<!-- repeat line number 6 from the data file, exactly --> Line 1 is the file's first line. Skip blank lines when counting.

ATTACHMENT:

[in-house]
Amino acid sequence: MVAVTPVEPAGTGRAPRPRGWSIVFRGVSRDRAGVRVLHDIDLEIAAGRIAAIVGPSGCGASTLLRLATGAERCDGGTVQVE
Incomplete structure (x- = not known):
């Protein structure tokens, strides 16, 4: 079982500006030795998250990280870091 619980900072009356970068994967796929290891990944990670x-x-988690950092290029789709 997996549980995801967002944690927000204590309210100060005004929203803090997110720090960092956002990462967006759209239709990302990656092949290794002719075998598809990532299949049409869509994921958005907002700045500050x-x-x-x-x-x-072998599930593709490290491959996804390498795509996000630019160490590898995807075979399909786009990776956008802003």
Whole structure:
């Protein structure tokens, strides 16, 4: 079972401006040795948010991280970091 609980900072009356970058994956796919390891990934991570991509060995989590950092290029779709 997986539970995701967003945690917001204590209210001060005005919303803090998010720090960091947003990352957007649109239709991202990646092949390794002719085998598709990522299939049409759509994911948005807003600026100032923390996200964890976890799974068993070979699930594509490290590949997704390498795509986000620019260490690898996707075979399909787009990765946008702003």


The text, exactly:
């Protein structure tokens, strides 16, 4: 079972401006040795948010991280970091 609980900072009356970058994956796919390891990934991570991509060995989590950092290029779709 997986539970995701967003945690917001204590209210001060005005919303803090998010720090960091947003990352957007649109239709991202990646092949390794002719085998598709990522299939049409759509994911948005807003600026100032923390996200964890976890799974068993070979699930594509490290590949997704390498795509986000620019260490690898996707075979399909787009990765946008702003």